QuantumT

Black Hole Energy Distribution

Recommended Posts

On 1/11/2019 at 6:01 PM, Strange said:

It says: "We're talking about the temperature of the black hole's event horizon" So not inside the black hole.

I have never heard of it.

Anything falling into a black hole will pass the event horizon at the speed of light and quickly reach the centre of the black hole.

On 1/11/2019 at 10:43 PM, MigL said:

Black Holes have a temperature that is based on the fact that they have entropy.
This entropy is proportional to the area of the event horizon
The temperature is then manifested by radiation  ( at the equivalent black body temperature ).

The event horizon is the only external manifestation of Black Holes that we have, and although it is where all the physicality of the BH is manifested, it is not physical at all, but a mathematical construct.

You guys are absolutely right. I am sorry to have appeared stupid. It was a misconception on my side. I saw the matter inside the BH as one thing and the EH as another thing. And I've been very focused on the matter itself in my research.

On 1/12/2019 at 4:09 AM, MigL said:

Are we discussing Black Holes or the German language ?

I was trying to make a point. The point being, that you can understand something almost perfectly (seeing/hearing), but have trouble communicating it (speaking/finding words/symbols).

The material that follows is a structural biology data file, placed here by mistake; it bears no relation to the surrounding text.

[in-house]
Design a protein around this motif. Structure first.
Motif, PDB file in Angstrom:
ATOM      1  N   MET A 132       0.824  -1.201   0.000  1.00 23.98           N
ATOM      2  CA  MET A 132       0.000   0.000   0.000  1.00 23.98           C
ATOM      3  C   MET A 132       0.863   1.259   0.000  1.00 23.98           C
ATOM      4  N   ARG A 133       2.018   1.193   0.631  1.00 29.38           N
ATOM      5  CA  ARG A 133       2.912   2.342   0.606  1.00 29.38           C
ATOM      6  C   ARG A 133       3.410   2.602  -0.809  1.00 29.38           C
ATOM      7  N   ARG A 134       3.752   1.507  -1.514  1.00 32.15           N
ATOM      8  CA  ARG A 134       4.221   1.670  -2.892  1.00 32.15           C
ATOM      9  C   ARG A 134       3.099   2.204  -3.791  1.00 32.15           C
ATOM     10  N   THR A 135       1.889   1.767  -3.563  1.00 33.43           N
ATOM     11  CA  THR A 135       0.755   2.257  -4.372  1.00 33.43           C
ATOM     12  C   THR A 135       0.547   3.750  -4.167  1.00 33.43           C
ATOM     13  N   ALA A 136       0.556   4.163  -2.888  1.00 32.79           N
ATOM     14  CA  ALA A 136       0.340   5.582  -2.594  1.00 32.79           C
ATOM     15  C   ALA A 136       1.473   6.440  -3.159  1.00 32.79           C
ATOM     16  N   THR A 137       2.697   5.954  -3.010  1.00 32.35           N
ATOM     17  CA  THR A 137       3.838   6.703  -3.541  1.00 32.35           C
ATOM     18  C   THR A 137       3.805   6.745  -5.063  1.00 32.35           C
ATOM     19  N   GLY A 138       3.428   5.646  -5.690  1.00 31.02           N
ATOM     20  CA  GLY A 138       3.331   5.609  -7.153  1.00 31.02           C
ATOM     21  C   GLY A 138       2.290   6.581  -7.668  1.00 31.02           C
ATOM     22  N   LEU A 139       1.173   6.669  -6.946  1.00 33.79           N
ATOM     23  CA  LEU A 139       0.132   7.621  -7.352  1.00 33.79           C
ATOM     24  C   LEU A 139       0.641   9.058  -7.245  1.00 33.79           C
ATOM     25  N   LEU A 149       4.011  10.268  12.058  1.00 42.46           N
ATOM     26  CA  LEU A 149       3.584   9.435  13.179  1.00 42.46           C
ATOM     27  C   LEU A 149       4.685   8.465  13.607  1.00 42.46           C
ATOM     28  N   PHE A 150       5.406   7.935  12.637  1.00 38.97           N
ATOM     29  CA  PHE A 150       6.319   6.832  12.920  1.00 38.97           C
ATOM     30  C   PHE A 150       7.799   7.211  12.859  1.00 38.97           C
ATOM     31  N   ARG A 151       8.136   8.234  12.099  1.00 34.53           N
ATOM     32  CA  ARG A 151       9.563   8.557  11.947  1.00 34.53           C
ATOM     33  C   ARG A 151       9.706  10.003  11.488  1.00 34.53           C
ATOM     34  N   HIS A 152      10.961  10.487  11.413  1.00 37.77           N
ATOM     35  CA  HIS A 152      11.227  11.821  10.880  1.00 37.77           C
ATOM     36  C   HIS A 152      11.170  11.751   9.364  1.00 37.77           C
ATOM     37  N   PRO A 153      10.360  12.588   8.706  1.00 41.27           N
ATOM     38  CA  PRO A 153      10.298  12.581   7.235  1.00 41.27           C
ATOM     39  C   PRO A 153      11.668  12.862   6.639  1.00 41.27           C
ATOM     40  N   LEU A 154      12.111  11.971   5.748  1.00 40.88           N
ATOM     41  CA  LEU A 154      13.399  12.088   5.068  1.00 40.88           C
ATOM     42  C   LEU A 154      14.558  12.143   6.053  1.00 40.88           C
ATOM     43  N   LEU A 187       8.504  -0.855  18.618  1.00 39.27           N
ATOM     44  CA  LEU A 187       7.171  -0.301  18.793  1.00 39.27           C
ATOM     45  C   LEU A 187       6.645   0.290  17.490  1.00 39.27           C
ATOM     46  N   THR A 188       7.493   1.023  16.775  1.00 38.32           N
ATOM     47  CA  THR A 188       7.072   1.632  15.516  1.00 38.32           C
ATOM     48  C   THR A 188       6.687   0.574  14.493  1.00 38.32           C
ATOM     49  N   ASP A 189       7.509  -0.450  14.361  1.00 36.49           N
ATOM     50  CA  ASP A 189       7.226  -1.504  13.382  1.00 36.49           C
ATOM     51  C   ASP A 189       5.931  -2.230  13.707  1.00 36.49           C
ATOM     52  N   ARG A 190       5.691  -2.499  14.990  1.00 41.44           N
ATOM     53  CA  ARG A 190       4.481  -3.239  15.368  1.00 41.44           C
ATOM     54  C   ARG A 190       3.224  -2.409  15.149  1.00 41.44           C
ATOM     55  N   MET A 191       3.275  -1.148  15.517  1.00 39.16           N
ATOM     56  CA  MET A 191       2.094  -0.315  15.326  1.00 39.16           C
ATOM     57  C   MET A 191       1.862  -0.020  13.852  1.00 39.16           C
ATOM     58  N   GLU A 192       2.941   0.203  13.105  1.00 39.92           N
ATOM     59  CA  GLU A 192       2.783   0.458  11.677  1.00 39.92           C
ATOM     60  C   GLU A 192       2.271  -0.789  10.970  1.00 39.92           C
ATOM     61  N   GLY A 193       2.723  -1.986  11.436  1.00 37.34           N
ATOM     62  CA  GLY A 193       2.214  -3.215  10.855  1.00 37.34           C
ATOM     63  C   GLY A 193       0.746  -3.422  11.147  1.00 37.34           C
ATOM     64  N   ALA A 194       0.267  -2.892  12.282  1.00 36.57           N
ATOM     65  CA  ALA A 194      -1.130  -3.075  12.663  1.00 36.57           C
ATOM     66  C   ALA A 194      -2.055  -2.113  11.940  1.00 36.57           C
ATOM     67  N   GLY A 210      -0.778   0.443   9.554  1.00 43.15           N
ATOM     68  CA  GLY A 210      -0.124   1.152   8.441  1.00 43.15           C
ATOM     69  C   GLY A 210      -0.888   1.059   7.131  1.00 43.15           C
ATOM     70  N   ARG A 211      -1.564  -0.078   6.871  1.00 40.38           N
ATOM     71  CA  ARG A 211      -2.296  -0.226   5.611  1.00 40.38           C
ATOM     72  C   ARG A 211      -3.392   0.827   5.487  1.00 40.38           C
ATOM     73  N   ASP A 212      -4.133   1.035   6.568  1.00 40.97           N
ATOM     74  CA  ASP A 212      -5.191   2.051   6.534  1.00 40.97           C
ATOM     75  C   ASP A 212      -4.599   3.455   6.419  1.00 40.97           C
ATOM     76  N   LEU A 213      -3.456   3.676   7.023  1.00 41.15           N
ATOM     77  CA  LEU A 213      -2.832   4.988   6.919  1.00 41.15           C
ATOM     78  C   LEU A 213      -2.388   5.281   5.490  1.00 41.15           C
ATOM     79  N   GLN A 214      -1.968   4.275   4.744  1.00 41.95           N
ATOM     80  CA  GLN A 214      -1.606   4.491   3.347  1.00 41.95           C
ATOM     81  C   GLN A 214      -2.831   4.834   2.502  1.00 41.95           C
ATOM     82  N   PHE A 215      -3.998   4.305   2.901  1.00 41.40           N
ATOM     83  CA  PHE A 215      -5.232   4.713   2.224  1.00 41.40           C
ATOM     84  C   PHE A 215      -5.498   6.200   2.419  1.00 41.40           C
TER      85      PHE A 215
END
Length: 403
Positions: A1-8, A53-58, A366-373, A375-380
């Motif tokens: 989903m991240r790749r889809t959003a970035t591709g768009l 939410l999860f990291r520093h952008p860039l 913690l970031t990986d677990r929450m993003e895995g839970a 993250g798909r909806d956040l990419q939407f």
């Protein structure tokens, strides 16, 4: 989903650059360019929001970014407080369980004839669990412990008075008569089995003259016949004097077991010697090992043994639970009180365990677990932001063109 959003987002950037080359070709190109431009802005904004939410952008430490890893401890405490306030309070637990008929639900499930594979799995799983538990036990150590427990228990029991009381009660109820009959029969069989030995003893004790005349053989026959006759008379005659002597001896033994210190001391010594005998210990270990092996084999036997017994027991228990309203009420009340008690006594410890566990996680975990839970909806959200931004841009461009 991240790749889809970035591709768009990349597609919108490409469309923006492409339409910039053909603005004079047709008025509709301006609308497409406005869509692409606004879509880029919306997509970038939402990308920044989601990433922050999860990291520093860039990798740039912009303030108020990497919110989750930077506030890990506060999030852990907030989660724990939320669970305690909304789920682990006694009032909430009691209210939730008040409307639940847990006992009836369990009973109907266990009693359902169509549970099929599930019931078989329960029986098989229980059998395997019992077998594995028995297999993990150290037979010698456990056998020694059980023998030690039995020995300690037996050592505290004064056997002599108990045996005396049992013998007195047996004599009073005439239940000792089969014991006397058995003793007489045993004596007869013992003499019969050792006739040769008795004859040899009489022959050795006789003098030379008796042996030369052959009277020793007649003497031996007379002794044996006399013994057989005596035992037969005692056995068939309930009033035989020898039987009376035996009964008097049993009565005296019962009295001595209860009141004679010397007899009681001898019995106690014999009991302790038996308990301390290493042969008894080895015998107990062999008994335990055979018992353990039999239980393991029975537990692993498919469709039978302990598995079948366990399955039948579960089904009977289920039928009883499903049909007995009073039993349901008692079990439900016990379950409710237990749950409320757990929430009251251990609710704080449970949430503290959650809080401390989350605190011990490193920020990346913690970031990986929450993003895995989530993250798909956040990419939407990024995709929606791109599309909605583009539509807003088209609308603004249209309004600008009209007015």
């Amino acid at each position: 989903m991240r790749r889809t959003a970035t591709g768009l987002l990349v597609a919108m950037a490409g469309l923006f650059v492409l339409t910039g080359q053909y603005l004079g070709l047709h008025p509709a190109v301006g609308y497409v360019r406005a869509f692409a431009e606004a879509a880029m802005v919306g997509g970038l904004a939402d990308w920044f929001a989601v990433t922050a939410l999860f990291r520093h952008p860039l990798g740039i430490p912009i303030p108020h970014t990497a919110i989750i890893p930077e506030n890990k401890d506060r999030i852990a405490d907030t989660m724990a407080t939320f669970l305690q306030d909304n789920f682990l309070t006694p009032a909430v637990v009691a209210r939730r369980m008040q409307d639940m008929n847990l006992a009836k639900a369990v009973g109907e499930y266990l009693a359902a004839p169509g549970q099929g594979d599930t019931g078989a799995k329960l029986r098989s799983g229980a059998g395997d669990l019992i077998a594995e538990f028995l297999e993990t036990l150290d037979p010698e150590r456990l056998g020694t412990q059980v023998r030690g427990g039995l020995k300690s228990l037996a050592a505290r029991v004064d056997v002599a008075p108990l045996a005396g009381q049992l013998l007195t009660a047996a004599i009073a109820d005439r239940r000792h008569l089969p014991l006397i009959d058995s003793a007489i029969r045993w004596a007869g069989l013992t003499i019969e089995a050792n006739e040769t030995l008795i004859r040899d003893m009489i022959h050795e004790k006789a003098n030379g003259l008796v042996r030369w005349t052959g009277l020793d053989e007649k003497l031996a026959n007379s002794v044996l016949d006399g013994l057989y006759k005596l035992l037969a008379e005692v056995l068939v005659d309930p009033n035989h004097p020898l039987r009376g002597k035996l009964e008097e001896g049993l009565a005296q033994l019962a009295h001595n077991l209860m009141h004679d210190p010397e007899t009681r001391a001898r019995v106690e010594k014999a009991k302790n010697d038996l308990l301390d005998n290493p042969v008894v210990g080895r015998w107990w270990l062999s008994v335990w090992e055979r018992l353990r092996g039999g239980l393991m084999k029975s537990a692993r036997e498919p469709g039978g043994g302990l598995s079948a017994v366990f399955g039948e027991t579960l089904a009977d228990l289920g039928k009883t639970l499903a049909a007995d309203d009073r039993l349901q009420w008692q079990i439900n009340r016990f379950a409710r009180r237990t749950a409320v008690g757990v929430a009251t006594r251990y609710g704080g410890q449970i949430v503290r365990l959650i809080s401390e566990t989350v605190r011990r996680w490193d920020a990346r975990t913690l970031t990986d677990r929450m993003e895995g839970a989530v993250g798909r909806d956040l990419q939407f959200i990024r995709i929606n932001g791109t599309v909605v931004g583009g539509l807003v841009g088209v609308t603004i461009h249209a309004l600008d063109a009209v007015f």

Share this post


Link to post
Share on other sites

I think I found a solution to the BH conundrum. Unfortunately it's not traditional physics. Thus it will probably not get recognized.

My solution is that Black Holes are data deletion points. A way for the universal processor to relieve itself. A simulation shortcut.

Not a shortcut that I invented, or even thought of. I first heard of the idea from theoretical physicist Zohreh Davoudi in the Asimov Memorial Debate 2016.

 

Edit: By this I suggest that both Hawking and Susskind was right.

Edited by QuantumT

Share this post


Link to post
Share on other sites
9 hours ago, QuantumT said:

My solution is that Black Holes are data deletion points. A way for the universal processor to relieve itself. A simulation shortcut.

Right. I always suspected that God uses Linux and has programmed the universe in C++ (the universe is also object-oriented). As all black holes are connected in hyperspace (as a 5-dimensional array, for us it appears as wormholes), the black holes we observe are in fact all hard links to the single and one /dev/null. However, it might be that some black holes are soft links to /dev/null in other universes. That would explain the multiverse. I think you are on the right track.

Do not learn math. Learn C++.

PS

Linux does endless loops in six seconds

Linus Torvalds

Edited by Eise

Share this post


Link to post
Share on other sites
19 minutes ago, Eise said:

has programmed the universe in C++ 

That would explain all the bugs

Share this post


Link to post
Share on other sites

I have a new question that fits this thread, so instead of making a new thread, I thought you'd prefer me using this. If I am mistaken, let me know, and I'll make a new,

Here goes:

When a sun is absorbed into a black hole, where does all the heat go?

Could Hawking radiation be that heat escaping?

Share this post


Link to post